3-2-1 Backup Rules Best Practices

Companies that backup to tape as their offsite backup often aren’t aware of what recovering from tape looks like until they unfortunately have to live through it. Depending on the nature of the failure and the extent of the data involved, that type of recovery can take days to restore “business as usual” functionality.

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What Backup Is… and What It Isn’t

Data backups are critical for data protection and recovery, but they should not be a substitute for other important parts of your IT strategy:
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  • Backup is for data protection and targeted item recovery:
    It is not for archive. Archives ideally will be indexed for search, have a managed retention policy, and will be stored on less expensive storage mediums.
  • It is not for disaster recovery. It is nearly impossible to test a full environment recovery scenario when relying on this method. It will often require 100% more equipment overhead to have the empty equipment in standby, equipment not providing any usefulness or return on investment
  • It is not a failover solution. Recovery times with this method should be measured in weeks, not hours.

Snapshots are not backup:

  • Snapshots can be used as one part of a backup strategy, but provide no protection on their own in scenarios where the storage devices have failed or are no longer available
  • Snapshots are usually not very granular and are commonly the recovery method of last resort
  • Snapshots are not disaster recovery on their own, only a part of a comprehensive plan

The untested data recovery plan is both useless and a waste of time to create:

  • Make time for testing, it will always be worth it.
  • Do not let the single point of failure be a human, involve many members of the team in the process so that when the time comes to execute your plan it does not have to wait for the only one who knows how.

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Colocation: Having your cake and eating it, too (Part 2 of 2)

In our previous article in this series, we discussed the many benefits of colocation. While there are obviously many advantages to this service, some businesses are better suited for a colocation package than others. There are a lot of factors to consider before implementing such a plan. Chief among them is to fully understand what your company is and what it will be. How much storage space do you currently require? Do you see massive growth in your organization’s future? What are your capital expenditure and operational expenditure requirements for data storage?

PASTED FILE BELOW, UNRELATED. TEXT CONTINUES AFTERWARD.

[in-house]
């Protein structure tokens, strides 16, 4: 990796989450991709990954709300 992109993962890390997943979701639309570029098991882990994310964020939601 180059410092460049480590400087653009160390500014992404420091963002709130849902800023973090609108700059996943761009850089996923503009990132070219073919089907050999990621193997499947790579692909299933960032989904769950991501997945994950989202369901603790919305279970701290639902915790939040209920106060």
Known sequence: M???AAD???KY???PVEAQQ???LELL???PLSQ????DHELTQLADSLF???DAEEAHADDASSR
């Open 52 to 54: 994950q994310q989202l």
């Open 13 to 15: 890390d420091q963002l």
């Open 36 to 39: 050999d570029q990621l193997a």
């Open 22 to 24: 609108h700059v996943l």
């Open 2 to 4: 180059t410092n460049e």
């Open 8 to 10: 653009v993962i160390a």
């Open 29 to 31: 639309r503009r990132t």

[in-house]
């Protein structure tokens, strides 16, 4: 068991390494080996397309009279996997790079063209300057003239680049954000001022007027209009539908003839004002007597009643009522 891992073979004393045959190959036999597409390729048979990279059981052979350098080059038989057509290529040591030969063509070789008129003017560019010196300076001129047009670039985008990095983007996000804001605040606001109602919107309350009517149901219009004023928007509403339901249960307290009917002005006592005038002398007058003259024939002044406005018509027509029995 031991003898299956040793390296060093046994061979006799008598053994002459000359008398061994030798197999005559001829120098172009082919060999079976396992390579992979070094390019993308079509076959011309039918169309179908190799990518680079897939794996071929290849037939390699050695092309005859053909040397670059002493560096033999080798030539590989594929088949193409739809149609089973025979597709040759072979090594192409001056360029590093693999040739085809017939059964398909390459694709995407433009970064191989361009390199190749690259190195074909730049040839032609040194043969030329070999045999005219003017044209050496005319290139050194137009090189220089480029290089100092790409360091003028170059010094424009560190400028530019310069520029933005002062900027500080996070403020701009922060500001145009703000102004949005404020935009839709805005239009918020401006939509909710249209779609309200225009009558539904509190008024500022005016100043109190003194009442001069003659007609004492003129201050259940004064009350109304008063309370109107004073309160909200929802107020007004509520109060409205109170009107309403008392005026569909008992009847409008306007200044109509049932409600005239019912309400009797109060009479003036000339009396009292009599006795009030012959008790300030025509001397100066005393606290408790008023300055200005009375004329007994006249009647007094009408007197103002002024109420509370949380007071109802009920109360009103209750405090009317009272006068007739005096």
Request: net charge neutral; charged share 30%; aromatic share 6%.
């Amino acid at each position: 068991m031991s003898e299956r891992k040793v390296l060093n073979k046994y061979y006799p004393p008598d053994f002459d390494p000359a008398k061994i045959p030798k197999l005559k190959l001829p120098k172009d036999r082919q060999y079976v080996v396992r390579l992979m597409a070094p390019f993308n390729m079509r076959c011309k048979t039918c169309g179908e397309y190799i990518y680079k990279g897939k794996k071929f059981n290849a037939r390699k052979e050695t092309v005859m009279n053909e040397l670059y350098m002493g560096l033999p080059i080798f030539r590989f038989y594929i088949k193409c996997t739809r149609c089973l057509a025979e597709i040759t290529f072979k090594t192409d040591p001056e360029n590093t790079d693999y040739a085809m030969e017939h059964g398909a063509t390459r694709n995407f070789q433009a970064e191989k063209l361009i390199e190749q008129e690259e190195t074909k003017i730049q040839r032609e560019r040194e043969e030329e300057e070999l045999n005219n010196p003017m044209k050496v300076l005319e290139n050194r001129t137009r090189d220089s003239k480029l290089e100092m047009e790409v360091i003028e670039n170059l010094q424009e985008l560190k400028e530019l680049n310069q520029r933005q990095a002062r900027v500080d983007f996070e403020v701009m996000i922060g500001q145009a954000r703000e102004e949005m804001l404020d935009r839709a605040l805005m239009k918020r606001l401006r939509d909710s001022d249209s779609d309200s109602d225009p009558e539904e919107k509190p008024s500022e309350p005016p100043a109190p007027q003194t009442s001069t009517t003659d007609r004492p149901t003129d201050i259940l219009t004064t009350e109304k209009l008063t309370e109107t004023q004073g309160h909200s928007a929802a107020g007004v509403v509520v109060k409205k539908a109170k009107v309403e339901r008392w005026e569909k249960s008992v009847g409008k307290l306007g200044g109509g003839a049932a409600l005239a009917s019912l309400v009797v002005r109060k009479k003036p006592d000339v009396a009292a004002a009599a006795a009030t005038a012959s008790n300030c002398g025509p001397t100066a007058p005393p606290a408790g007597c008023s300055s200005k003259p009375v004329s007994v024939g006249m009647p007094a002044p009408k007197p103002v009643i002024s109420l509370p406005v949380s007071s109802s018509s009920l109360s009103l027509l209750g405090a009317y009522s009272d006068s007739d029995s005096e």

These aren’t easy questions to answer, but they are absolutely vital in understanding whether or not colocation is right for your business. So, with that in mind, which companies should be looking into colocation?

Colocation has benefits across multiple organizations. Many different kinds of businesses can benefit from off-premises data storage.

Who benefits the most?

While we’ve already discussed the cost advantages of colocation, reduced capital expenditures are something just about any company could benefit from. Colocation has advantages for businesses of all sizes, but it truly excels for smaller companies or organizations that are predicting a lot of growth in their business. This is because colocation works wonders when it comes to scalability.

When your business grows, your data needs grow with it. While you obviously want your operation to continue to develop and mature, handling these increased data storage requirements can be incredibly hard to handle. In past years, scaling up generally meant having to requisition more and more space for your servers. If your business was still in its infancy or your facility just didn’t have a lot of space, this was a lot easier said than done.

With a colocation package from a managed service provider, the sky’s the limit in terms of your data needs. Scaling up simply requires the purchase of new hardware as well as a renegotiation of your terms. Never again will you have to worry about where you’ll put yet another server.

What should you be looking for in a colocation partner?

You’ve taken a hard look at the data and scalability requirements of your facility and have decided that colocation is right for you. Now it’s time to search for a provider that can give your company what it needs. When it comes to selecting a partner, there are a few requirements every business owner should be aware of.

First and foremost, you should do research into what kind of surveillance you can expect from this provider. Will your data systems be monitored at all times by a fully-functioning staff? If so, how knowledgeable are these employees, and will they be easily reached in the event of a late-night IT issue? On top of that, you need to know if the facility has backup generators in the event of a power failure.

“40 percent of small businesses close permanently after a natural disaster.”

Aside from these concerns, another area you should focus on is the MSP’s involvement in disaster recovery. Harvey Betan, a business continuity consultant, stated in a TechTarget article that colocation facilities work well as a backup disaster recovery location, as they are generally meant to be far away from your building. Considering the Red Cross has reported that nearly 40 percent of small businesses close permanently after a natural disaster, having your data in a separate location could prove incredibly useful.

Thankfully, ISG Technology has the ability to facilitate all of these needs and more. After years of experience in the disaster recovery business, ISG Technology can help ensure the safety of your data. What’s more, we guarantee 24/7/365 monitoring of the data systems within our facility, and our backup generators help to ensure you can access your data when you need it most.